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Building GCC from source

Building GCC from source

  • Redhat/Centos 6 — GCC 4.4 (C++03)
  • Suse 12 — GCC 4.8 (experimental C++11)
  • Suse 11 — GCC 4.3 (C++03)
  • Ubuntu 18.04 — GCC 7.4 (full C++14; experimental C++17)

Overview

Building GCC from source involves the following sequence of steps:

  1. obtain source tarballs and unpack into appropriate directories
  2. create a clean build environment
  3. configure the source code
  4. compile the source code
  5. install the built artefacts
  6. usage

Choosing a GCC version

Usually we want to build the latest version of GCC (which is 9.1.0 as of mid 2019) so that we can access the latest C/C++ language features and compiler improvements. However the approach described here generally applies to earlier versions of GCC, and will likely work for later ones also.

gcc_version=9.1.0

Versions of dependencies

GCC depends on several other open source projects. These are typically support libraries, packaged separately to the GCC source code, that must also be downloaded and built. The list of required projects and recommended minimum versions can be found on the GCC prerequisites web page, although the version numbers listed there are often just a guide; in practice it might be required to bump the numbers slightly to get everything successfully working together.

gmp_version=6.1.2
mpfr_version=3.1.4
mpc_version=1.0.3
isl_version=0.18

Download

Each source code package should be obtained from a valid distribution origin, ideally from its project website. The build script defines a helper function called __wget which performs the download using the wget GNU/Linux utility; it is called for each package in turn:

__wget https://gmplib.org/download/gmp              $gmp_tarfile
__wget https://ftp.gnu.org/gnu/mpfr $mpfr_tarfile
__wget http://www.multiprecision.org/downloads $mpc_tarfile
__wget ftp://gcc.gnu.org/pub/gcc/infrastructure $isl_tarfile
__wget ftp://ftp.gnu.org/gnu/gcc/gcc-${gcc_version} $gcc_tarfile

Unpack

GCC’s build system has a helpful feature for building these dependencies. If the source code for a dependency is placed within the GCC source code folder, it will be automatically discovered and compiled during the main build of GCC. This is the approach recommended by the GCC website and adopted in the build script (an alternative approach is to manually build and install each dependency separately and then configure GCC to find them).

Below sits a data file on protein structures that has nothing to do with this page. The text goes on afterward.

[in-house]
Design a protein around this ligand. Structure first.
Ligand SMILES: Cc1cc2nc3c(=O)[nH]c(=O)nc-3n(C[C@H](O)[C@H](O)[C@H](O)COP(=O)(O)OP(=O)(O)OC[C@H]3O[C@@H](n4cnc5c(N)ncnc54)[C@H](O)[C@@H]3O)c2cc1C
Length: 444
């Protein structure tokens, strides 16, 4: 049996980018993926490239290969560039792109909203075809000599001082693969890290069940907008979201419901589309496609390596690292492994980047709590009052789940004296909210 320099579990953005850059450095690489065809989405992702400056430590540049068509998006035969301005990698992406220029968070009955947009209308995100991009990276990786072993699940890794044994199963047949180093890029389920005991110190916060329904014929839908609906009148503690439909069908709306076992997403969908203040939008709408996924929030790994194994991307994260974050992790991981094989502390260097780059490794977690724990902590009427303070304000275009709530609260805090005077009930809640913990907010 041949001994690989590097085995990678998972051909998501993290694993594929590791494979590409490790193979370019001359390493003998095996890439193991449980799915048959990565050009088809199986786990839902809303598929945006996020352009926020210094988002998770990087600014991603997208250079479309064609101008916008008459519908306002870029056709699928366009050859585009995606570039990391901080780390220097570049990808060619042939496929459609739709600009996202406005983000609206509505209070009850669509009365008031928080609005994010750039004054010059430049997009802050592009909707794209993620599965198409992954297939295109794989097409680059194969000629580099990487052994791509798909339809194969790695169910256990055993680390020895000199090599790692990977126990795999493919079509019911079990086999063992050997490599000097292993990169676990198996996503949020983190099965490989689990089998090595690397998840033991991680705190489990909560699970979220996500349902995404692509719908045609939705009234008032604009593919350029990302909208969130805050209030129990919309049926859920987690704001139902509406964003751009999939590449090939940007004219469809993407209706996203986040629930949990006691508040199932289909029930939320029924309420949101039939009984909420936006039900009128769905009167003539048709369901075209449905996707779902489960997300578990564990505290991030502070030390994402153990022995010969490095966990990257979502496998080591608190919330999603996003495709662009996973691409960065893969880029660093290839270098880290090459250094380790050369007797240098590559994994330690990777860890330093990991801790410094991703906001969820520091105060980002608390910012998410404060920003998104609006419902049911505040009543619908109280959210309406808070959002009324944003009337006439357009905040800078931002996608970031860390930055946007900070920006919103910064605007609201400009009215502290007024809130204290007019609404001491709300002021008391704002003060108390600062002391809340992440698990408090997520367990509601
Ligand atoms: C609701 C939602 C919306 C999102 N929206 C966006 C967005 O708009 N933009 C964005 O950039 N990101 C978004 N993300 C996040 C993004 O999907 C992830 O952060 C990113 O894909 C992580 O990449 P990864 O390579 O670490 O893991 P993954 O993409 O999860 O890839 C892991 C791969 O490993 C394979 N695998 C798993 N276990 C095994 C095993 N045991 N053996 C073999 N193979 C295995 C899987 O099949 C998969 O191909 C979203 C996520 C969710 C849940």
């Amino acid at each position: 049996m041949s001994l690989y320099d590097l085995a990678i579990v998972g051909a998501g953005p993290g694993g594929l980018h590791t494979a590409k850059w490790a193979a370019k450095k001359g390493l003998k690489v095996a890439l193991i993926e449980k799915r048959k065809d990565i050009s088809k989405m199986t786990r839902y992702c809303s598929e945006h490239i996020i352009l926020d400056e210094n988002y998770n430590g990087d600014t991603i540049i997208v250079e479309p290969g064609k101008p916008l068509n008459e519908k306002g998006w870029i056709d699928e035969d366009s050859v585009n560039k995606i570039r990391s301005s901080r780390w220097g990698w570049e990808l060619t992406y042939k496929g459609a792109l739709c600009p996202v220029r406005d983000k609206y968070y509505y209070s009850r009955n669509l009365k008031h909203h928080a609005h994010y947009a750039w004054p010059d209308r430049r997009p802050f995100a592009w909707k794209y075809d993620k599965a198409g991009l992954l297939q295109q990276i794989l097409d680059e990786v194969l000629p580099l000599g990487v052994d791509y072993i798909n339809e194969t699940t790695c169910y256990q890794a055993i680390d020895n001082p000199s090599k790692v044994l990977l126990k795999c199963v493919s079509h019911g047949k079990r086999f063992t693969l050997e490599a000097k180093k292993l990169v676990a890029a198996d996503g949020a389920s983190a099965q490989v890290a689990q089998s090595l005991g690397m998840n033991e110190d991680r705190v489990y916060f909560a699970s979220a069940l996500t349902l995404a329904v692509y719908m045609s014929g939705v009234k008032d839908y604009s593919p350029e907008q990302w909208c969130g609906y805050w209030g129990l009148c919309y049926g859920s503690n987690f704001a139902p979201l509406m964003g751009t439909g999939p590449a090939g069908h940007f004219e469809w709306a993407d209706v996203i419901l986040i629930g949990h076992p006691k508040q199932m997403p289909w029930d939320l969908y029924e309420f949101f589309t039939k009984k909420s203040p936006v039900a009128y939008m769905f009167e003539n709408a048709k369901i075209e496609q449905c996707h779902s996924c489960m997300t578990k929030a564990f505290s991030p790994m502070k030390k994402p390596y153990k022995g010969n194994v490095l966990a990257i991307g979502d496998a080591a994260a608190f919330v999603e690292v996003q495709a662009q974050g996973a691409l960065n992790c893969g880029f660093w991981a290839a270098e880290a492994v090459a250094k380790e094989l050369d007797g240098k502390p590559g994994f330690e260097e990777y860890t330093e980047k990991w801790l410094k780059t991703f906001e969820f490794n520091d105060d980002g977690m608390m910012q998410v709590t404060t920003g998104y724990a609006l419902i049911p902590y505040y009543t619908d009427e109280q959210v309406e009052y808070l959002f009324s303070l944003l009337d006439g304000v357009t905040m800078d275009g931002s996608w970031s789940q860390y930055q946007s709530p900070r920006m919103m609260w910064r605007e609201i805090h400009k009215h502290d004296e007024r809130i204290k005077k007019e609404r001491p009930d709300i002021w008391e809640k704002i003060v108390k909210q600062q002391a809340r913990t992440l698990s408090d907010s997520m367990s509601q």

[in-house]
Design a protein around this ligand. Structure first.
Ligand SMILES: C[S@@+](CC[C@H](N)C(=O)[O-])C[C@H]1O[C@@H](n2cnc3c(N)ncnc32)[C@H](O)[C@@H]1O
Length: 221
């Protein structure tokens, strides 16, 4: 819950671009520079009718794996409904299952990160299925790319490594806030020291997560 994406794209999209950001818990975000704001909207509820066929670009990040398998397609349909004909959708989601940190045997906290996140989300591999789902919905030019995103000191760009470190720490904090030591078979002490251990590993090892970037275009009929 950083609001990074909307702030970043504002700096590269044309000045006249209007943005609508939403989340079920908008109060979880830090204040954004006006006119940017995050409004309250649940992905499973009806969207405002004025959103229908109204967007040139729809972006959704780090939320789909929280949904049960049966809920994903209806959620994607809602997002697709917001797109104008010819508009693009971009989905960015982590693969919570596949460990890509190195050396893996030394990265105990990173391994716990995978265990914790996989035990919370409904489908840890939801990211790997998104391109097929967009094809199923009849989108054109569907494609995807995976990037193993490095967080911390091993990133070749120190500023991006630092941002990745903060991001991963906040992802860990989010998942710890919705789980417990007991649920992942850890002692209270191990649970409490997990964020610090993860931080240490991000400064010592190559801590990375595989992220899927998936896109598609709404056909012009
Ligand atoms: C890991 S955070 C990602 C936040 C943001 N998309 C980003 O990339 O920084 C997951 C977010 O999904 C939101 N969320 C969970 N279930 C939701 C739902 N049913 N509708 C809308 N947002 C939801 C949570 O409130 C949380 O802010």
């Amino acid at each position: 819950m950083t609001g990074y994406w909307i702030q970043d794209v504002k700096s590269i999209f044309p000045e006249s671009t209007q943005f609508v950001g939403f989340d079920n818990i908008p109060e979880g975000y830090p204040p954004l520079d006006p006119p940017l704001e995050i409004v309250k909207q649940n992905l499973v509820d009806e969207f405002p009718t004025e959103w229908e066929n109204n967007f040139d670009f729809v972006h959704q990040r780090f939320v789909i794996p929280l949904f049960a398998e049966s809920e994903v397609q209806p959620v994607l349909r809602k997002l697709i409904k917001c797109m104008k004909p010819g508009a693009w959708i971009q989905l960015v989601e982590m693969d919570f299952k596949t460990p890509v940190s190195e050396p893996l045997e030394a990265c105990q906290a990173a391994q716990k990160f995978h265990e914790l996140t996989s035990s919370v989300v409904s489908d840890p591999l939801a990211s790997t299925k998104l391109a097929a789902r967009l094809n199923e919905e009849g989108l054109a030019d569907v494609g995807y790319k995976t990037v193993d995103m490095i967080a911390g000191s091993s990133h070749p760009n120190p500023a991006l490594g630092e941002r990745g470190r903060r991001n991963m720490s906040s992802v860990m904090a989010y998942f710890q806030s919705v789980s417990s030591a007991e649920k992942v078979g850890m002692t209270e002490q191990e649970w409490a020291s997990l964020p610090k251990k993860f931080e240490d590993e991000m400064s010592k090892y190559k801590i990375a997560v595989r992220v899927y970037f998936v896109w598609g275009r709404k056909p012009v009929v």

__untar "$source_dir/gcc-${gcc_version}" "$tarfile_dir/$mpfr_tarfile"mv -v $source_dir/gcc-${gcc_version}/mpfr-${mpfr_version} $source_dir/gcc-${gcc_version}/mpfr

Clean your shell

An important consideration when building any C/C++ project is to clean and control the shell environment. Environment variables present during compilation can have significant side effects on the build process, possibly causing compile or link failures, and later run-time errors when the built artefacts are used. So before proceeding to the configure and build steps we must first obtain a clean shell environment.

for i in $(env | awk -F"=" '{print $1}') ; do
unset $i || true # ignore unset fails
done

Configuration

After the source code packages have been unzipped they must next be configured.

install_dir=${HOME}/opt/gcc-${gcc_version}

Build

After a successful configure step we are now ready to build. Ensure you have around 5 GB of disk space free. Prefer to build on a local disk rather than a network share, for faster completion.

# make_flags="-j 2"

Install

After the build and optional checks have successfully completed, the next step is to install the built artefacts into their destination location. This location is specified via the --prefix option provided during the configuration step.

Usage

Assuming no errors, the compiler is now installed and can be invoked by providing its full path. For example, if it was installed at ~/opt/gcc-9.1.0 we can run:

$ ~/opt/gcc-9.1.0/bin/g++
centos7> ~/opt/gcc-9.1.0/bin/g++ --std=c++17 demo.cc -o demo
centos7> ./demo./demo: /lib64/libstdc++.so.6: version `CXXABI_1.3.9' not found (required by ./demo)./demo: /lib64/libstdc++.so.6: version `GLIBCXX_3.4.21' not found (required by ./demo)
centos7> export LD_LIBRARY_PATH=$HOME/opt/gcc-9.1.0/lib64centos7> ./demo
centos7> ~/opt/gcc-9.1.0/bin/g++ -Wl,-rpath=$HOME/opt/gcc-9.1.0/lib64 --std=c++17 demo.cc -o demo
centos7> ~/opt/gcc-9.1.0/bin/g++ --std=c++17 demo.cc -o demo -static-libstdc++ -static-libgcc
  • update LD_LIBRARY_PATH to find the new libraries
  • update MANPATH to find the new man-pages
$ source $HOME/opt/gcc-9.1.0/activate
$ man g++$ g++ --std=c++17 demo.cc -o demo$ ./demo

Summary

If you have followed these steps, or just run the build script, you should now have a production ready build of the latest version of GCC, and with it access to the latest C++ 17/2x language features.

作者:huorexiaji
来源链接:https://www.cnblogs.com/tju1895/p/16624211.html

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